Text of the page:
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Am Fam Physician. 2001;64(10):1761-1764

The Centers for Disease Control and Prevention (CDC) has issued a report on the investigation of recent cases of anthrax exposure. This update includes interim guidelines for postexposure prophylaxis for prevention of inhalational anthrax and other information to assist epidemiologists, physicians and laboratory personnel responding to intentional biologic agent exposures. The complete report appears in the October 19, 2001 issue of Morbidity and Mortality Weekly Report.

Anthrax is an acute infectious disease caused by the spore-forming bacterium Bacillus anthracis. It occurs most frequently as an epizootic or enzootic disease of herbivores (e.g., cattle, goats or sheep) that acquire spores from direct contact with contaminated soil. Humans usually become infected through direct contact with spores from infected animals or their products (e.g., goat hair), resulting in cutaneous anthrax. Inhalational and gastrointestinal forms also occur in natural settings. Human-to-human transmission has not been documented.

Clinical Forms of Anthrax

There are three clinical descriptions of anthrax based on experience in adults. The presentation of anthrax in infants is not well defined.


Inhalational anthrax begins with a brief prodrome resembling a viral respiratory illness followed by development of hypoxia and dyspnea, with radiographic evidence of mediastinal widening. It is the most lethal form of anthrax and results from inspiration of 8,000 to 50,000 spores of B. anthracis. The incubation period among humans typically ranges from one to seven days, possibly up to 60 days. Host factors, dose of exposure and chemoprophylaxis may affect the duration of the incubation period. Initial symptoms include mild fever, muscle aches, and malaise and may progress to respiratory failure and shock; meningitis frequently develops. Case fatality estimates for inhalational anthrax are extremely high even with all possible supportive care, including appropriate antibiotics.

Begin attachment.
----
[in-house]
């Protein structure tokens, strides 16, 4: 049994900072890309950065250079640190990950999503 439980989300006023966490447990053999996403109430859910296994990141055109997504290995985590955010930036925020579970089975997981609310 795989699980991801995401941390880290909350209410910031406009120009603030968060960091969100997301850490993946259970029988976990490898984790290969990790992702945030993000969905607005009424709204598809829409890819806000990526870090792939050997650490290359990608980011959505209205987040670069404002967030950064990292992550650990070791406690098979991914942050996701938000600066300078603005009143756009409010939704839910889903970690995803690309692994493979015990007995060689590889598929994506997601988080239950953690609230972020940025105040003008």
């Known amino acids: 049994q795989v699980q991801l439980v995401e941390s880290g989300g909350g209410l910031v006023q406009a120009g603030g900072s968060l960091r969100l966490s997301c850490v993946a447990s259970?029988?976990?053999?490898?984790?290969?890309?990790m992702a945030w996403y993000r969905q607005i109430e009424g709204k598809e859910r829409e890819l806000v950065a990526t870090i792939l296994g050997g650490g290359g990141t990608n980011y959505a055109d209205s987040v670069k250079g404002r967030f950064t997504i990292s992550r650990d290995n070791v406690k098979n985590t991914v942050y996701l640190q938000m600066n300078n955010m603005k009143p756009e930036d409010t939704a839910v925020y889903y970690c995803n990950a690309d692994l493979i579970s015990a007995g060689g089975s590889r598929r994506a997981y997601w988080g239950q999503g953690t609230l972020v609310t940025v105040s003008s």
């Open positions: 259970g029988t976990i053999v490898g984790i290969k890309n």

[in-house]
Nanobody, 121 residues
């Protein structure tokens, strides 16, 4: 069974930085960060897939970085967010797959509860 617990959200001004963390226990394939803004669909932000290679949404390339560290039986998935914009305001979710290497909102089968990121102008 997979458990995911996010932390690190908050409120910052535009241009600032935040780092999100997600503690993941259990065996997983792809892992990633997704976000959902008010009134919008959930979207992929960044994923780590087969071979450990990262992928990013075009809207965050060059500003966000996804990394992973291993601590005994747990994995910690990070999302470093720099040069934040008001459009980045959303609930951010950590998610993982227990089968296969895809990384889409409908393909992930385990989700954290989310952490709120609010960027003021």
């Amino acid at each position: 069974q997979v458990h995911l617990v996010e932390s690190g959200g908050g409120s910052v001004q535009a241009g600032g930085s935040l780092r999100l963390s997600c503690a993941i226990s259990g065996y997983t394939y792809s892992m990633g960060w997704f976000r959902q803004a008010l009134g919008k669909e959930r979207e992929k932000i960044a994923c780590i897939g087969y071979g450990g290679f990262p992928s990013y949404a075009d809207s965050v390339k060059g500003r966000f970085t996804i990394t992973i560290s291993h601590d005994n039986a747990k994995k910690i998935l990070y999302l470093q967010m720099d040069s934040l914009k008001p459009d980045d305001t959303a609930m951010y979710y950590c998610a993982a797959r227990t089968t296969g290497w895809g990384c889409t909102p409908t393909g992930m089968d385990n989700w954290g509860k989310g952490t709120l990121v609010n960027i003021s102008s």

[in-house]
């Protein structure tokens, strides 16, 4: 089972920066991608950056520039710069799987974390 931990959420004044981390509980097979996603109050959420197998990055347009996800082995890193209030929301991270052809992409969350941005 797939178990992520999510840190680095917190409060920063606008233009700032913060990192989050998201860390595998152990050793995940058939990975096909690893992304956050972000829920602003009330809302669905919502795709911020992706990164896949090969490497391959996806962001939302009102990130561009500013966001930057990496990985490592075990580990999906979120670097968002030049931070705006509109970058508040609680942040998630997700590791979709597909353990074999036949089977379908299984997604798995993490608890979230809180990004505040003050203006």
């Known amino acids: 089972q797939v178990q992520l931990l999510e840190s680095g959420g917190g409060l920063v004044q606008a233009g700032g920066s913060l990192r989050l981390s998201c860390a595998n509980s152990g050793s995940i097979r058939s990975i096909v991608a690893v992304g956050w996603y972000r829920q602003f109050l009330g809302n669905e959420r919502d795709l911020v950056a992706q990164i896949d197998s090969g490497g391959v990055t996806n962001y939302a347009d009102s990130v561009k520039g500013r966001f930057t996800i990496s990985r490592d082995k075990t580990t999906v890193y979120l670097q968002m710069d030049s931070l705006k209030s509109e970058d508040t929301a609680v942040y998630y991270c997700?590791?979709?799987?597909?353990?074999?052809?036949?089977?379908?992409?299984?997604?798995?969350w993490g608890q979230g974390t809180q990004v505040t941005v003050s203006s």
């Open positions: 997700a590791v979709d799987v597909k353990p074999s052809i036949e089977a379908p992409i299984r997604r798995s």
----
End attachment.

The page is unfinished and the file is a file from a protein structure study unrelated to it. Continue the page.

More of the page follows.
Cutaneous anthrax is characterized by a skin lesion evolving from a papule, through a vesicular stage, to a depressed black eschar. The incubation period ranges from one to 12 days. The lesion is usually painless, but patients may also have fever, malaise, headache and regional lymphadenopathy. The case fatality rate is 20 percent without, and less than 1 percent with, antibiotic treatment.


Gastrointestinal anthrax is characterized by severe abdominal pain followed by fever and signs of septicemia. This form of anthrax usually occurs after eating raw or undercooked contaminated meat and can have an incubation period of one to seven days. An oropharyngeal and an abdominal form of the disease have been described. Involvement of the pharynx is usually characterized by lesions at the base of the tongue, dysphagia, fever and regional lymphadenopathy. Lower bowel inflammation typically causes nausea, loss of appetite and fever followed by abdominal pain, hematemesis and bloody diarrhea. The case fatality rate is estimated to be 25 to 60 percent. The effect of early antibiotic treatment on the case fatality rate is not established.

Laboratory personnel should suspect B. anthracis when the specimen is from a previously healthy patient with a rapidly progressive respiratory illness or a cutaneous ulcer. If anthrax is suspected, laboratories should notify the health care provider and local and state public health staff immediately. For rapid identification, state and local health departments should access the Laboratory Response Network for Bioterrorism (LRN). LRN links state and local public health laboratories with advanced capacity facilities, including clinical, military, veterinary, agricultural, water and food-testing laboratories.